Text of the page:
Austen in August: Introduction and Northanger Abbey Review

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August is almost over and I haven’t posted once about Roofbeam Reader’s Austen in August event. I have been reading, though. Here are my picks, and a review of my first read, Northanger Abbey.

My Austen in August Reads:

1. First (Wrong) Impressions by Krista D. Ball

First (Wrong) Impressions

I’m very wary of adaptations. Why mess with the masters? And where is the line drawn between adaptation and fan fiction? For every Bridget Jones’ Diary there are seemingly thousands of Pride and Prejudice and Zombies. There is nearly no way I would read a modernization of P&P ordinarily, but conditions were just right: I was on the lookout for an Austen adaptation for this event, Ball is a local author, and after connecting on Twitter she kindly offered me a free epub of the novel. I was surprised by how much I enjoyed the modern Lizzy and Fitzwilliam as they bickered on the streets of inner city Edmonton. Review coming soon.

2. Among the Janeites by Deborah Yaffe

Among the Janeites

Another title I would not choose for myself, I received this as a freebie from the folks at Shelf Awareness. Non-fiction just isn’t my bag. But if I’m going to read non-fiction, it’s nice when it’s about literature, and feminism, and costumes, and a very particular brand of fangirl and boy known as the Janeite. Many of the Janeites are sort of what you would expect – white middle aged women with time on their hands. But then there’s the founder of Cisco who spent millions of her own money restoring Austen’s brother’s estate, and the conspiracy theorist who sees Austen’s novels as thinly veiled horror stories full of sex, murder, and illegitimate children. I’m just about half way through and finding this a perfect book to read over lunch.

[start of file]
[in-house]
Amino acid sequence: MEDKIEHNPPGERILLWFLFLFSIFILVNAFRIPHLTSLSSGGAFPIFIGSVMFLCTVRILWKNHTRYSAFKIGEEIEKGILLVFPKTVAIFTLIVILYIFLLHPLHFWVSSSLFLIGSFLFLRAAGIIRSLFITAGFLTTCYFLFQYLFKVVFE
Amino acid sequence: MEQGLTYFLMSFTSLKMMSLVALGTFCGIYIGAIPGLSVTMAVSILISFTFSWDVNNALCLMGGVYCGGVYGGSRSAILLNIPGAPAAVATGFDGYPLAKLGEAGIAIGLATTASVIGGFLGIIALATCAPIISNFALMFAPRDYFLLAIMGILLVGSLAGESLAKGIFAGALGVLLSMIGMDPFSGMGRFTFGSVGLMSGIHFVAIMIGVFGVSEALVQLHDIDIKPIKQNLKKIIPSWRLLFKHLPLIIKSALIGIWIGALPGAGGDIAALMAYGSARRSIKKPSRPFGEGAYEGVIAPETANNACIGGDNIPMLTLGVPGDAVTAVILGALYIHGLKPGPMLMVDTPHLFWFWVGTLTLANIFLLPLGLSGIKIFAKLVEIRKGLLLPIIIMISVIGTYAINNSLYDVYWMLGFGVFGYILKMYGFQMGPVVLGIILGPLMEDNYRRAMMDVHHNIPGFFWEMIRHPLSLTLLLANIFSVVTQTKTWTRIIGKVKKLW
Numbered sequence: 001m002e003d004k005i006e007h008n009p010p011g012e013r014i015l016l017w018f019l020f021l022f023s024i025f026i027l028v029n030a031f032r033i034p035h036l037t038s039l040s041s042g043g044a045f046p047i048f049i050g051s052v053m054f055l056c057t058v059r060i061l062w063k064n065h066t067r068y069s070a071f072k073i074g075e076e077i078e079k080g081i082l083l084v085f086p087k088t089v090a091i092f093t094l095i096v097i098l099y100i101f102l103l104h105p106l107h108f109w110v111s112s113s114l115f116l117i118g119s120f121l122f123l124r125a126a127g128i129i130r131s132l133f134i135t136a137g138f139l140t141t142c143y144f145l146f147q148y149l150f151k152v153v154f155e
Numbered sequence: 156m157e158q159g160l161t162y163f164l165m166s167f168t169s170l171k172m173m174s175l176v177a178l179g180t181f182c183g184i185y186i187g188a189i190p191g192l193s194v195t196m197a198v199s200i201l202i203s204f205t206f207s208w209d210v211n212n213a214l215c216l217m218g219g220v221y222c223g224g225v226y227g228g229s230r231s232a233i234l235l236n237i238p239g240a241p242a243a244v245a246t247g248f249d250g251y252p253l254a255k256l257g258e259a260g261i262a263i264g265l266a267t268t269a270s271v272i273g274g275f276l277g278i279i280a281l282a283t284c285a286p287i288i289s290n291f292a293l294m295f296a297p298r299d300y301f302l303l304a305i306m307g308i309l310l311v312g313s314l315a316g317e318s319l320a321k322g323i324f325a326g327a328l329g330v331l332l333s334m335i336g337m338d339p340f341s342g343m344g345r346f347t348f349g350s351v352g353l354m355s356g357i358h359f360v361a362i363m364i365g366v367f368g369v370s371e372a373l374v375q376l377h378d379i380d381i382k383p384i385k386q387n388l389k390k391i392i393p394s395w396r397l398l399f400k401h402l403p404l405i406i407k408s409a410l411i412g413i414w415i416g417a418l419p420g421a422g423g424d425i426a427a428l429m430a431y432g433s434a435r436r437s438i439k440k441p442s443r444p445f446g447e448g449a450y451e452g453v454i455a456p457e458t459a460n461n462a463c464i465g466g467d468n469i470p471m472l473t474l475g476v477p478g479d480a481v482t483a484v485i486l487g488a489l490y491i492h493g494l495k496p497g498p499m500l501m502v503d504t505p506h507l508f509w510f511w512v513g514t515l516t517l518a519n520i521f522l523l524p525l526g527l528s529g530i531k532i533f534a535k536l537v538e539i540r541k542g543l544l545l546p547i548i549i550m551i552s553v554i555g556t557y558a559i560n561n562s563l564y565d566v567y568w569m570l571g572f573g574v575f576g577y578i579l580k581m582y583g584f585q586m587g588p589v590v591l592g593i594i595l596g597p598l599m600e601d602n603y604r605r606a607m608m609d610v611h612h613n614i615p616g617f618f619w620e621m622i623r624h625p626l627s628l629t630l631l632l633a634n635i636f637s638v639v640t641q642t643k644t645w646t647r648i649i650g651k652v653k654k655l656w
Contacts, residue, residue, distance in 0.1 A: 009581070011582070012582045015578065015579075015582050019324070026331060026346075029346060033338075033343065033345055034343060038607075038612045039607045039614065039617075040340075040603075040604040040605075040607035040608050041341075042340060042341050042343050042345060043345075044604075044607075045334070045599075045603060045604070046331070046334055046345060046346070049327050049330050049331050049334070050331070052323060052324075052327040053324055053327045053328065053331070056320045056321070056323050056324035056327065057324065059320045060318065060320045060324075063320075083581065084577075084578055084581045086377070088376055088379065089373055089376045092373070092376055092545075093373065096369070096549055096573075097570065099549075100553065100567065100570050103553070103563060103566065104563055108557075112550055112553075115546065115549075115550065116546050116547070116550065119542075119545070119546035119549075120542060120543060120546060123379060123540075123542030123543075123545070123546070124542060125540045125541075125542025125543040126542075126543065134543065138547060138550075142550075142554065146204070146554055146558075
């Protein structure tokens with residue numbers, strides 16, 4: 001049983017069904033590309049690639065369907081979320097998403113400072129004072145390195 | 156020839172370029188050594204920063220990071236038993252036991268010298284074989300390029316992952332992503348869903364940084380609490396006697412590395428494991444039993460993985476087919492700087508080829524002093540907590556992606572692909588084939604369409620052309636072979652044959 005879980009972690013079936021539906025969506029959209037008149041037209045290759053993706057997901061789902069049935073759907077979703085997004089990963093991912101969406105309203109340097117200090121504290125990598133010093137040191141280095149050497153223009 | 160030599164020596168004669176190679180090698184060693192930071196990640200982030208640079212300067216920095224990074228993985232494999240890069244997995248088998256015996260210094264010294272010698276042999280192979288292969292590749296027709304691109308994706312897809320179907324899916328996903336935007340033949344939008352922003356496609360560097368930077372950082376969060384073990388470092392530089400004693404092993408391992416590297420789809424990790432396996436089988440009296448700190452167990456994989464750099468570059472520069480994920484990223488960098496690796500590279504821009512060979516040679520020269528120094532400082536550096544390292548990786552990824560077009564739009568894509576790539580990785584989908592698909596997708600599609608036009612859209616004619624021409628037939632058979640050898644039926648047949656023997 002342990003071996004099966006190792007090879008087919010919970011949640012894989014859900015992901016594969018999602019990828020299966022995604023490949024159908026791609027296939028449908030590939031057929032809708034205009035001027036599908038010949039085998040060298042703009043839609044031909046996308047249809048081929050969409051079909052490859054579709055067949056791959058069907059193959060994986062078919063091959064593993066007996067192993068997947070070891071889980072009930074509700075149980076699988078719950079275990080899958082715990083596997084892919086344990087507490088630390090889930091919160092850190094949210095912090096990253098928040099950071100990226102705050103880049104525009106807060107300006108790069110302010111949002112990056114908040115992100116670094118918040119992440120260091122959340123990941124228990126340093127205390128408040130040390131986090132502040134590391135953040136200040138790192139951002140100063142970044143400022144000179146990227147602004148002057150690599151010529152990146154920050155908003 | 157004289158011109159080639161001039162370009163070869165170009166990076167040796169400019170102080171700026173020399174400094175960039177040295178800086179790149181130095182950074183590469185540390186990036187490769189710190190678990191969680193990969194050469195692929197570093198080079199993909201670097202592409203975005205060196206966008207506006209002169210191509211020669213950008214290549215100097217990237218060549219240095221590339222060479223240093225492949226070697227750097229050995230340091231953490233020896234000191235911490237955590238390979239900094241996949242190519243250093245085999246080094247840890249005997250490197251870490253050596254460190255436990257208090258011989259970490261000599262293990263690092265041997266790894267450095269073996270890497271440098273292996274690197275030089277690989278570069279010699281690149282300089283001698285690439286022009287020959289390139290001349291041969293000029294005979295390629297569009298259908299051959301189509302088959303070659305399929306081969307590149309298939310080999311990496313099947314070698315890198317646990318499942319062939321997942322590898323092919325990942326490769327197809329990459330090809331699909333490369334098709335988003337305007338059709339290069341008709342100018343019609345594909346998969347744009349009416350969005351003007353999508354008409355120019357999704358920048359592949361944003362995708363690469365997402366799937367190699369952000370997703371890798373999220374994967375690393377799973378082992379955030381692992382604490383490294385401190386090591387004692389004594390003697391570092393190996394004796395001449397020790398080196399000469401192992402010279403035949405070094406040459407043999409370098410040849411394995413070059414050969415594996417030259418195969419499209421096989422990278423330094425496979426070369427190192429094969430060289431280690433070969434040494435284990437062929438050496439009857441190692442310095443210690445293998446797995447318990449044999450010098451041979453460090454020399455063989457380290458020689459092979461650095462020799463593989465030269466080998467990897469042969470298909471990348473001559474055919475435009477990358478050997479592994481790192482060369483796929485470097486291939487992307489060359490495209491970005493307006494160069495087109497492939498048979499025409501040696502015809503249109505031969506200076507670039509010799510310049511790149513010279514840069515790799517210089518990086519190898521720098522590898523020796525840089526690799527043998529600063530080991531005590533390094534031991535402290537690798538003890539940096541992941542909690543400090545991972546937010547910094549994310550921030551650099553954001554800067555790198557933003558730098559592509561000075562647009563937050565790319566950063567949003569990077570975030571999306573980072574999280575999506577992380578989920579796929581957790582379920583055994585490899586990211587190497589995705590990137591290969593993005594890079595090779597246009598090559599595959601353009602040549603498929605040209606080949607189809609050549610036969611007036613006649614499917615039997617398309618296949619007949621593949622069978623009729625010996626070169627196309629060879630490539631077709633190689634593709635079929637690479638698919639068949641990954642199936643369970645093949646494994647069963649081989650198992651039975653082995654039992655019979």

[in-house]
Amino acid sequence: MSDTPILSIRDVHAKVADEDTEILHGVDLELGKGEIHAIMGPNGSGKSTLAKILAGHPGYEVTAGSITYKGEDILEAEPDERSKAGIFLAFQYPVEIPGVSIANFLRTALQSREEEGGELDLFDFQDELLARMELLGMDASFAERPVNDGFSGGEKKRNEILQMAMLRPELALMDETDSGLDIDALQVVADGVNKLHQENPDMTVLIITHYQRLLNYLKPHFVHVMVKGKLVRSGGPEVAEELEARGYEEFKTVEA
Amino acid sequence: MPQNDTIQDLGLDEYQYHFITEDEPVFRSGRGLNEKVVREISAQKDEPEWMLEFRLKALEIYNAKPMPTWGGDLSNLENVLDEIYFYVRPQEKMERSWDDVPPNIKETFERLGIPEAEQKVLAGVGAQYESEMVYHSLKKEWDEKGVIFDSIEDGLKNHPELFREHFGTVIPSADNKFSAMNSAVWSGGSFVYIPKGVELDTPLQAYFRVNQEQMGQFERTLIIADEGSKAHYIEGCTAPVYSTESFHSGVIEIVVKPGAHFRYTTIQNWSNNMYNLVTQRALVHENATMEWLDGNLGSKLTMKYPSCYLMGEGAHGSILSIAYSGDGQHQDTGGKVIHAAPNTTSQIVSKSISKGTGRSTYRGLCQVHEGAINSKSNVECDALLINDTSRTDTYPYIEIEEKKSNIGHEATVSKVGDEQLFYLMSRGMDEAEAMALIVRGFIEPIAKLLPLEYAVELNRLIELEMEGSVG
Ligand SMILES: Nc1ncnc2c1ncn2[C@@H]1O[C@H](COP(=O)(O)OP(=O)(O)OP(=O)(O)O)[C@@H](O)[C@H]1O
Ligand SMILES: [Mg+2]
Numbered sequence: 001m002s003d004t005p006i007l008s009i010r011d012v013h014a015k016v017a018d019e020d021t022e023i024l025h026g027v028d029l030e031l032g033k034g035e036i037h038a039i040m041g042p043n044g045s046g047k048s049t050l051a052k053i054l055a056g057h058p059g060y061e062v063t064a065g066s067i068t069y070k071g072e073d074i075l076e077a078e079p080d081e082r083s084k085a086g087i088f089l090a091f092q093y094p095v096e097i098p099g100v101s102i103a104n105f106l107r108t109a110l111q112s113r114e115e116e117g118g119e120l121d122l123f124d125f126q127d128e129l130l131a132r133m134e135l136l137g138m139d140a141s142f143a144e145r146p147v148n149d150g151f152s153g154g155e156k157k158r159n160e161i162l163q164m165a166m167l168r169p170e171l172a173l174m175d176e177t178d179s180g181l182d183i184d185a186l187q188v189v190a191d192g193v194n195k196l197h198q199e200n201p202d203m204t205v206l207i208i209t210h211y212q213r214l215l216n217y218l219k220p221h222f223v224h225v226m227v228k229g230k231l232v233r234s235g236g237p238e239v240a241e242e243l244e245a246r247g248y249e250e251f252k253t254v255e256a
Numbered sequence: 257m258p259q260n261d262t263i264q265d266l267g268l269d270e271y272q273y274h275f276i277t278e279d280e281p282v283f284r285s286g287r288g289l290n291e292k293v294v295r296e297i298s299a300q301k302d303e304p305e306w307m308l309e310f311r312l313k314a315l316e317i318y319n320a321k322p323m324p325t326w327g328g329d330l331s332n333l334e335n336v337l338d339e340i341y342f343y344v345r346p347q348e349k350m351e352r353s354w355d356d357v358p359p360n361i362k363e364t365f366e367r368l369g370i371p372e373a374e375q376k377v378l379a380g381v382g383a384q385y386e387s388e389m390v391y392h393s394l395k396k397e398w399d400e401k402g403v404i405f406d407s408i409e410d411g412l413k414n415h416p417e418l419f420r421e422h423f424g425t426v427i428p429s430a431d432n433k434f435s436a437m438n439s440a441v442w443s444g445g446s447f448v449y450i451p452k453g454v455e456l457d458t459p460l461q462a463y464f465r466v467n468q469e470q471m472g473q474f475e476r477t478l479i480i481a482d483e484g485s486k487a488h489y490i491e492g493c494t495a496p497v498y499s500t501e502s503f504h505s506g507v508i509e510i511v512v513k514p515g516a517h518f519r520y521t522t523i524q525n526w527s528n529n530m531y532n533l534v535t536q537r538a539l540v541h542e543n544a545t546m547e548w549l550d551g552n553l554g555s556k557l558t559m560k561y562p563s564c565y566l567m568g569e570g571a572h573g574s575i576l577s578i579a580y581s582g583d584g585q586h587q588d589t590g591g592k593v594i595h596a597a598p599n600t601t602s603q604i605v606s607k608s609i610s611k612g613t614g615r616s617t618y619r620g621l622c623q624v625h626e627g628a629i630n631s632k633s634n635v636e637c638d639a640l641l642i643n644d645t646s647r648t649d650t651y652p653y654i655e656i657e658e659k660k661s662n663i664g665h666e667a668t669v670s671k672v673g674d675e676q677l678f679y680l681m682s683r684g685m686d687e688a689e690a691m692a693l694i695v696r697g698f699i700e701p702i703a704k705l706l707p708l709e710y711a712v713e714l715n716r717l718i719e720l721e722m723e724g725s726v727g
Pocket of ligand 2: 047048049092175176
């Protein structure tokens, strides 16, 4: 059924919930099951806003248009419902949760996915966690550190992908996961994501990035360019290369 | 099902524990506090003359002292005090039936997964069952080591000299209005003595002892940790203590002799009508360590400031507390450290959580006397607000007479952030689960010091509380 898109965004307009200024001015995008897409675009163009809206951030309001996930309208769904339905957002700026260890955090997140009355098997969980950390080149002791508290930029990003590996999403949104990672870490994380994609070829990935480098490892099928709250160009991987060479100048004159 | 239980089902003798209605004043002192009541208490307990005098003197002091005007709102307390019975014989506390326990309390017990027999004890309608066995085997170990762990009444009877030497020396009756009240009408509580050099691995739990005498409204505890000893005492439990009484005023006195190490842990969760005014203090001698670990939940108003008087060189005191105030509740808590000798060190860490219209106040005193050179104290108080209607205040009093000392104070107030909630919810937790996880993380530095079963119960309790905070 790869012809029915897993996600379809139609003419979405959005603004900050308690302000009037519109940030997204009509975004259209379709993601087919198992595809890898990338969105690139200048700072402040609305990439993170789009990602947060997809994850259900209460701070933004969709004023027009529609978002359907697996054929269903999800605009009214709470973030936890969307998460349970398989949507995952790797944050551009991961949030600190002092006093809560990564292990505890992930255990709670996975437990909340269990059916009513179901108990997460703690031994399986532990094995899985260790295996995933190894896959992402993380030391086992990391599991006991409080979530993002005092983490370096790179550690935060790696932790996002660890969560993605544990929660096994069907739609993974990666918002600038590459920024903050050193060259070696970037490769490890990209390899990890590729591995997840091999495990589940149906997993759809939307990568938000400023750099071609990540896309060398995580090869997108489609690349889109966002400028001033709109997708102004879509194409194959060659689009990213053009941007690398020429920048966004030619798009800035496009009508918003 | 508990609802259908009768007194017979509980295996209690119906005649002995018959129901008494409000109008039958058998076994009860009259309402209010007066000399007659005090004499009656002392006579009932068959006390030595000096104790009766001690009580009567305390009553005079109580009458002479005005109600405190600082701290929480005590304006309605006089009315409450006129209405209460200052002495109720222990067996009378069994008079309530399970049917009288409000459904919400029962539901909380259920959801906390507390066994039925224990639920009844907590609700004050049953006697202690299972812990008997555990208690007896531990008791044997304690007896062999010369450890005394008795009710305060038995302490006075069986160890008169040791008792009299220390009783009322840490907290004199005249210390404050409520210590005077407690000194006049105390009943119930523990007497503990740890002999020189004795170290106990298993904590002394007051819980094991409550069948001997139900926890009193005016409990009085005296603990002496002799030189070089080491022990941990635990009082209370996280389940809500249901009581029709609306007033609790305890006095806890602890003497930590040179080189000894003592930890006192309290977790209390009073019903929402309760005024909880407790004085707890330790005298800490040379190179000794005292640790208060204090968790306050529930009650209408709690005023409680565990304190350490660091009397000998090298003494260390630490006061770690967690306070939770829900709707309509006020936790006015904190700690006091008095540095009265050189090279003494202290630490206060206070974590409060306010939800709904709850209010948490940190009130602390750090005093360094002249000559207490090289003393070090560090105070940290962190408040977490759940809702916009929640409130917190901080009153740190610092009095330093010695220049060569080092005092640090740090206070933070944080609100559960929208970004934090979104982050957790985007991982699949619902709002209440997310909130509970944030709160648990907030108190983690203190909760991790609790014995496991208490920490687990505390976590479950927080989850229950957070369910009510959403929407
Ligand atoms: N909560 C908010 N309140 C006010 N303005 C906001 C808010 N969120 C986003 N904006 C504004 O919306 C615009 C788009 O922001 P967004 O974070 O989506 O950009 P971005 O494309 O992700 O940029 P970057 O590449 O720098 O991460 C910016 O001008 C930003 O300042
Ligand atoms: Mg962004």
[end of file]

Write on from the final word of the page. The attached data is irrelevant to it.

3. Northanger Abbey by Jane Austen

Northanger

My rating: 3 out of 5 stars

Synopsis (from Goodreads)

A wonderfully entertaining coming-of-age story, Northanger Abbey is often referred to as Jane Austen’s “Gothic parody.” Decrepit castles, locked rooms, mysterious chests, cryptic notes, and tyrannical fathers give the story an uncanny air, but one with a decidedly satirical twist.

So I’ll just come out and say it: I’m not a big Austen fan. Most definitely not a Janeite. This book illustrates many of the reasons why.

Underwhelmed if That’s a Word

The way I feel about Austen is similar to the way I feel about the band Sloan. Whenever I hear Sloan on the radio, (often, as I listen to CBC Radio 2 almost exclusively,) I think, “Wow, this song is really good. Sloan is a really great band. And they’ve been around forever. Why don’t I listen to them more often?” Thirty seconds after the song is over, I forget all about it. The next time I hear Sloan, I think the same thing. They are great, and I love their songs, but for some reason, their music doesn’t stick with me.

If I’m underwhelmed with Austen in general, I was particularly underwhelmed with Northanger Abbey. The stakes just weren’t high enough for me to get invested. Catherine Morland is seventeen, very naive, and a very easy target for vain and selfish Isabella, Isabella’s wife-hunting brother James, and her beloved’s money-grubbing father. These people are rather nasty to her, but in the end, the worst thing Catherine endures is a humiliating carriage ride in the middle of the night. Austen even concedes it wasn’t really that bad: [SPOILER ALERT]

Henry and Catherine were married, the bells rang, and everybody smiled; and, as this took place within a twelvemonth from the first day of their meeting, it will not appear, after all the dreadful delays occasioned by the general’s cruelty, that they were essentially hurt by it.

If I’m going to read a story about teenage angst, there better be some real ANGST, you know? Like in Wuthering Heights. Or Clone High.

Our Angst is Entertaining

Our Angst is Entertaining

Everything You’ve Done Wrong

I didn’t connect with Catherine’s love interest, Henry. He’s just so generic. Catherine describes him:

He seemed to be about four or five and twenty, was rather tall, had a pleasing countenance, a very intelligent and lively eye, and, if not quite handsome, was very near it.

Snore. For some reason I pictured Henry as Justin Timberlake while I was reading. I don’t mean modern day Justin, I mean this one:

Justin